OTTAWA, September 10, 2012 — The Commissioner of Competition's case against the Toronto Real Estate Board (TREB) begins today before the Competition Tribunal. The Competition Bureau is seeking to ensure new and innovative real estate brokerage services are accessible for consumers through the Internet by prohibiting anti‑competitive practices by TREB.
In May 2011, the Bureau announced that it had filed an application with the Tribunal seeking to prohibit TREB's anti‑competitive rules that restrict how its member agents provide information, such as previous listings and previous sale prices, to customers, thereby denying agents the ability to introduce innovative real estate brokerage services using the Internet, such as through Virtual Office Websites (VOWs).
VOWs are password-protected websites that permit customers to search a full inventory of listings containing up-to-date data online, before making the decision to tour a home or attend an open house. This enables customers to be more selective and focused, and agents to spend less time trying to find an appropriate property for a specific customer.
"Many real estate agents are eager to offer new, innovative services for consumers through the Internet," said Melanie Aitken, Commissioner of Competition,
"but TREB's anti‑competitive behaviour is essentially restricting potential homebuyers and sellers from taking advantage of a greater range of service and pricing options when making one of the most significant financial transactions of their lives."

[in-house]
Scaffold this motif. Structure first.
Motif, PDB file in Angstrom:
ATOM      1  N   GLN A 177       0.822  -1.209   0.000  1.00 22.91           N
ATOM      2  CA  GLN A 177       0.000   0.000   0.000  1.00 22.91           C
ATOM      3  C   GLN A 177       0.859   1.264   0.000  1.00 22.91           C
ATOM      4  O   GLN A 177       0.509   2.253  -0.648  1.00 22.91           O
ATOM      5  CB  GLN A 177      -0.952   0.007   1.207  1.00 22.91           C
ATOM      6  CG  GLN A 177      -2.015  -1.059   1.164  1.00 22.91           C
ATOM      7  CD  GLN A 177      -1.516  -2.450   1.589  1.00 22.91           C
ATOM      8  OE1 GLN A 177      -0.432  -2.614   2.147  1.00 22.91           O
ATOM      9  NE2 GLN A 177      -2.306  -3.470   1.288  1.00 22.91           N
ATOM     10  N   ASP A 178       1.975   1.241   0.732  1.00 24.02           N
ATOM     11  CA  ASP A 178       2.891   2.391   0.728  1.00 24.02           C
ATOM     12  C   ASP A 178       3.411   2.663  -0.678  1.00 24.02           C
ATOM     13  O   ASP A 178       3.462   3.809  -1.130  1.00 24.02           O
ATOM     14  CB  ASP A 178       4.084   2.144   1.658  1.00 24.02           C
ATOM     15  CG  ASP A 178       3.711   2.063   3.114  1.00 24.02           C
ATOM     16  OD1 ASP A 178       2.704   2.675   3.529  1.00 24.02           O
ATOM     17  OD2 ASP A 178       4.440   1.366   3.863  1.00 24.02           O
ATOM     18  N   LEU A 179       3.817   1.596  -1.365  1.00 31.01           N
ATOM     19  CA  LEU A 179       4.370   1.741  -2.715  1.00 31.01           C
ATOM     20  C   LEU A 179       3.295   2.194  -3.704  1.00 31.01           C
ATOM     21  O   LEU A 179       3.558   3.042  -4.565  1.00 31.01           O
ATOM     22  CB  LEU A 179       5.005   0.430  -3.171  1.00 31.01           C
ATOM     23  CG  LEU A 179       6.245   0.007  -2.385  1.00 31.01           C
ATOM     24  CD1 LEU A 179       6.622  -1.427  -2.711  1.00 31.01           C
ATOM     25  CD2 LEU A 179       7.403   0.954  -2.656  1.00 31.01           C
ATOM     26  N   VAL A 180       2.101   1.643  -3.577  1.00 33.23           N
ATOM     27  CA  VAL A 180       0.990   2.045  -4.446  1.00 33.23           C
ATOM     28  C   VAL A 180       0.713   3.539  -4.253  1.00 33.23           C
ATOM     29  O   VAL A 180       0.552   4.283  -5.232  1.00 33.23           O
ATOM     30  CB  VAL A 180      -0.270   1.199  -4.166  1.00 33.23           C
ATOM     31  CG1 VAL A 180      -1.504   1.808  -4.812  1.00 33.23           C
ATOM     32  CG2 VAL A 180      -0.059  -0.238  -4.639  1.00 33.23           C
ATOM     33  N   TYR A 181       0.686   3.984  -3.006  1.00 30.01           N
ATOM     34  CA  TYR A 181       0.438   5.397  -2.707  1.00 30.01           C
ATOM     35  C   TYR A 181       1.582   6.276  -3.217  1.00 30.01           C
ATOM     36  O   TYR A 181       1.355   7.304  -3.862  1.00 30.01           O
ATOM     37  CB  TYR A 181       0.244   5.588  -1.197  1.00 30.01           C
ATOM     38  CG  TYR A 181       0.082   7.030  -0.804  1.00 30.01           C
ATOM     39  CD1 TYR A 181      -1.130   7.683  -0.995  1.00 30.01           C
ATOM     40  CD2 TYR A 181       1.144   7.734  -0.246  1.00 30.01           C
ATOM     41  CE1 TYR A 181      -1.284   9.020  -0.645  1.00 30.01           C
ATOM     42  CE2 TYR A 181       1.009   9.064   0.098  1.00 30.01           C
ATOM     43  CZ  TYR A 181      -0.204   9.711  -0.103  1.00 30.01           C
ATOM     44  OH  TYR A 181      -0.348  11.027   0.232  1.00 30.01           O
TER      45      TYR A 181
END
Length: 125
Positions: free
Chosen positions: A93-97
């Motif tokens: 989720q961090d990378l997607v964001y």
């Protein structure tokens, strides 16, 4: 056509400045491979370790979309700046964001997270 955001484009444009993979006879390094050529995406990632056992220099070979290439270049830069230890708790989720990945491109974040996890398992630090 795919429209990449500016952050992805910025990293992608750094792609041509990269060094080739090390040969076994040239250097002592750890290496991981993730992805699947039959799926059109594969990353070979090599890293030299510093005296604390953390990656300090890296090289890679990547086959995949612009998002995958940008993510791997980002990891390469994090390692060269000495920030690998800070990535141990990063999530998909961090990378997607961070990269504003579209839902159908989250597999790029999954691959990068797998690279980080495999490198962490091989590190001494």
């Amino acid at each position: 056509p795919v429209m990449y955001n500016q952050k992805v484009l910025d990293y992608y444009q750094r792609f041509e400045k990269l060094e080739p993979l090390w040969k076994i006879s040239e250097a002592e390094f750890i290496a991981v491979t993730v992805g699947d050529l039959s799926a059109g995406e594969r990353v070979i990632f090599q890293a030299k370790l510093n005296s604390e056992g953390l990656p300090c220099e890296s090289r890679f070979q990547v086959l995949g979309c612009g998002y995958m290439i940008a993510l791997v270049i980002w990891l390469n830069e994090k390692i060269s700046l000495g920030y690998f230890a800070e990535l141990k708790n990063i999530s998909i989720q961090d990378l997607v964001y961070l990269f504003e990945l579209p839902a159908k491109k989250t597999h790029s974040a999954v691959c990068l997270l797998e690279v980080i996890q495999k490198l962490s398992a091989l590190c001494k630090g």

With approximately 35,000 members, TREB is the largest real estate board in Canada. It owns and operates the Toronto Multiple Listing Service (MLS) system, which contains current property listings and historical information about residential real estate purchases and sales in Toronto and the surrounding area. The majority of local real estate transactions make use of the Toronto MLS system, which is an essential tool for agents to help customers buy and sell homes. It is much more detailed than what is available on public sites, such as Realtor.ca. For example, the Toronto MLS system contains data about previous listings and previous sale prices.
While agents can provide detailed MLS listing information not available on Realtor.ca to customers by hand, mail, fax, or e-mail, TREB's anti‑competitive practices effectively prevent agents from providing similar MLS listing information to customers via VOWs. As a result, there are currently no VOWs operating in the Toronto real estate market that enable customers to search a full inventory of listings.
The Competition Bureau, as an independent law enforcement agency, ensures that Canadian businesses and consumers prosper in a competitive and innovative marketplace.
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